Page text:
Equalizer 2 - Movie review by Rouén Robinson
By Rouén Robinson
Jul 23, 2018 - 9:05:25 PM
A sequel that adds more to the dark past of the vigilante while setting up a brighter future.
There Is No Equal
A former government agent, thought dead, has resurfaced to bring unflinching justice for the exploited and oppressed who are fortunate enough to come to his attention. When someone close to him is in need of such justice he goes above and beyond the call of duty to make sure those responsible pay for their heinous crime.
Robert McCall is a former C.I.A. operative who now works for Lyft and deals in vigilante justice for those who have no one to defend them, but he surpasses his previous efforts when it is for someone he loves. Susan Plummer is a friend of McCall and an investigator for the Central Intelligence Agency who is called out of semi-retirement to consult on a murder-suicide in Brussels involving an asset. Miles Whittaker is a young man who lives with his mother in the same building as McCall with ties to a local gang in the middle of a turf war, but has a dream of becoming an artist. Dave York is McCall’s former partner who went along with Plummer to Brussels to investigate the murder-suicide and ends up dealing with more than he bargained for while trying to tie up loose ends.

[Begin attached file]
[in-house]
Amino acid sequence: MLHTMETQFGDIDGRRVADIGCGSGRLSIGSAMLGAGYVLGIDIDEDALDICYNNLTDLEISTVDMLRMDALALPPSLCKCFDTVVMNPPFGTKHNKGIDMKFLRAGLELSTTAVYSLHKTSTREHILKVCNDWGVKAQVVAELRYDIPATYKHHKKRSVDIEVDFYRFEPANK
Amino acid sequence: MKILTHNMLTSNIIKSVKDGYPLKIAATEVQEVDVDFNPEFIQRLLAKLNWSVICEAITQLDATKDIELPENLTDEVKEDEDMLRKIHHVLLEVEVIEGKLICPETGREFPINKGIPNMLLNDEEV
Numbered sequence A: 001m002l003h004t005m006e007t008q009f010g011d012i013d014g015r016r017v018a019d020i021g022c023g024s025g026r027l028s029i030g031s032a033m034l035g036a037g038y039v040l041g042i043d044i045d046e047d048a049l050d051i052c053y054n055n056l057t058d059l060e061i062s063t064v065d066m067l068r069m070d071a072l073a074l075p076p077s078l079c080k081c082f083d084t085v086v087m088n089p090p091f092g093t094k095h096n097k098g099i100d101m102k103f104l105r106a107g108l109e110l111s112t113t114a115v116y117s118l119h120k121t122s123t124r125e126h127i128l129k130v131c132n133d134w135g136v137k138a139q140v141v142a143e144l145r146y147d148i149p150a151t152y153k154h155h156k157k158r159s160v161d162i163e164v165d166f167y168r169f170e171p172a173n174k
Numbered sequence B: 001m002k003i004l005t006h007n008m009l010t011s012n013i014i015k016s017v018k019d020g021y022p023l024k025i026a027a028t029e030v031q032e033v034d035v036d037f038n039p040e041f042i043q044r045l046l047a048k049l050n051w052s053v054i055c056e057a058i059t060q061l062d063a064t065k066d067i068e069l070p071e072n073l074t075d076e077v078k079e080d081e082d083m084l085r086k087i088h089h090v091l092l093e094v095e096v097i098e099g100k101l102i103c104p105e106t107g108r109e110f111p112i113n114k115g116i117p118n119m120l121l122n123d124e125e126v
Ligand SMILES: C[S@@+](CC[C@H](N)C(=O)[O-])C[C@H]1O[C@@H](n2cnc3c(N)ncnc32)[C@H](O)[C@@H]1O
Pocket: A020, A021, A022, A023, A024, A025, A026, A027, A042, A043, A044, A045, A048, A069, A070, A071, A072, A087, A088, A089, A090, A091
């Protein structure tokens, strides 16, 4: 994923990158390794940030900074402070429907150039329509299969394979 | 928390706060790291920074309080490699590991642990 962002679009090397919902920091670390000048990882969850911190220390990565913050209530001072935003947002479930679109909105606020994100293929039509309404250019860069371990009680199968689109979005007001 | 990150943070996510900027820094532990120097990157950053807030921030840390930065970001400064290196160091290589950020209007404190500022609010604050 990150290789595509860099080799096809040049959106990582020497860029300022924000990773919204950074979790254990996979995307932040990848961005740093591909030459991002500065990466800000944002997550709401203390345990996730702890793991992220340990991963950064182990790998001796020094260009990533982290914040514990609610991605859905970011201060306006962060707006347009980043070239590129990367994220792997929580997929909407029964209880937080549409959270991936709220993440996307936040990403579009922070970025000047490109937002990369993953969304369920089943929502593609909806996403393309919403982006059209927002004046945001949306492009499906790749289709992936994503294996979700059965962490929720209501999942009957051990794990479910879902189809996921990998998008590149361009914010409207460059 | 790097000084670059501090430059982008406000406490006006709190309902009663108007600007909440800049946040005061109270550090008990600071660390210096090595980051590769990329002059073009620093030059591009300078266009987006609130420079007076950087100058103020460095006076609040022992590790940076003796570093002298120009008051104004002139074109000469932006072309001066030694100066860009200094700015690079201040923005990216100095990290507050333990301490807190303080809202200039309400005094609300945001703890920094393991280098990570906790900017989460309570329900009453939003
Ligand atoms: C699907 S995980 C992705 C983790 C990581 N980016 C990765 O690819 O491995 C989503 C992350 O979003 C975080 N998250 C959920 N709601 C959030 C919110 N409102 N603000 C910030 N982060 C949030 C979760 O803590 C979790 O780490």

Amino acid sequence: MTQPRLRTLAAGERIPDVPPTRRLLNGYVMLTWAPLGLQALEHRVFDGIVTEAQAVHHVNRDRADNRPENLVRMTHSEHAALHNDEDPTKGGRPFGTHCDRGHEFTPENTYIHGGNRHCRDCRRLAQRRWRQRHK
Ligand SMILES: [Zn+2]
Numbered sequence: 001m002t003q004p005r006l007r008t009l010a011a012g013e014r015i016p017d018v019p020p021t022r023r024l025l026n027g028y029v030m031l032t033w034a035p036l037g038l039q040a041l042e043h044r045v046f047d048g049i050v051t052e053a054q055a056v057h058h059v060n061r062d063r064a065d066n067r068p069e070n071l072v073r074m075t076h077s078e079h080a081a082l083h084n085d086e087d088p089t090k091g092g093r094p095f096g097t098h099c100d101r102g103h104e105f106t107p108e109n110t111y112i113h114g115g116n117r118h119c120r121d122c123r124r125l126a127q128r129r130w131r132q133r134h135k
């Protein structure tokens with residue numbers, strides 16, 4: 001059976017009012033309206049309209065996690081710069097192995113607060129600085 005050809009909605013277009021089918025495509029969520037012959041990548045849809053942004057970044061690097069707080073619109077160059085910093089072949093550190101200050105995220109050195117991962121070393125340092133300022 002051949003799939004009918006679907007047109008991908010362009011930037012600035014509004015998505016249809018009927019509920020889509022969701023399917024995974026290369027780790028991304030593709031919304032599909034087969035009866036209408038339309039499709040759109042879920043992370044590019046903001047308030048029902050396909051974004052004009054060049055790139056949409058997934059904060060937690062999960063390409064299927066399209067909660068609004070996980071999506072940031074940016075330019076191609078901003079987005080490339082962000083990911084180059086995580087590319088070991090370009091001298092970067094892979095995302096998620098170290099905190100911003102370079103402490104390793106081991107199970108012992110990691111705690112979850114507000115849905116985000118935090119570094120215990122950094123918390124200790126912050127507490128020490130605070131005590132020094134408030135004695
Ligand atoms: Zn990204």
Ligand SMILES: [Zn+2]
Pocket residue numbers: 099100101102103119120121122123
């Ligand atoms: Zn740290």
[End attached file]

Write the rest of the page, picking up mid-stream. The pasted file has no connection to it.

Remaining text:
Equalizer 2 is a sequel that gives the viewer a visceral infusion of justice that all good vigilante thrillers tend to deliver. What this offering has in its favor are mature actors and actresses able to imbue the standard proceedings with a sense of gritty realism that brings the audience to a place of raw emotion as events unfold. Denzel Washington is able to truly commit to this character for a second time in his first sequel in a way that reminds you what you enjoyed most about him playing the role the first time around. Antoine Fuqua gives us some imaginative scenes of operatic violence with his first time directing a sequel which shows he still has some flashy tricks to show the viewer in this particular world. Richard Wenk produces a script that is not his first foray into sequels but is his first screenplay based on work that he has originally written and makes this venture feel more like the world created by Michael Sloan and Richards Lindheim in the 80s television series. If they choose to make this a trilogy they have laid the groundwork for some interesting stories to be told that are topical and in need of telling for those who feel voiceless in the modern landscape. I rate this movie a rating of 3 & 1/2 out of 5.
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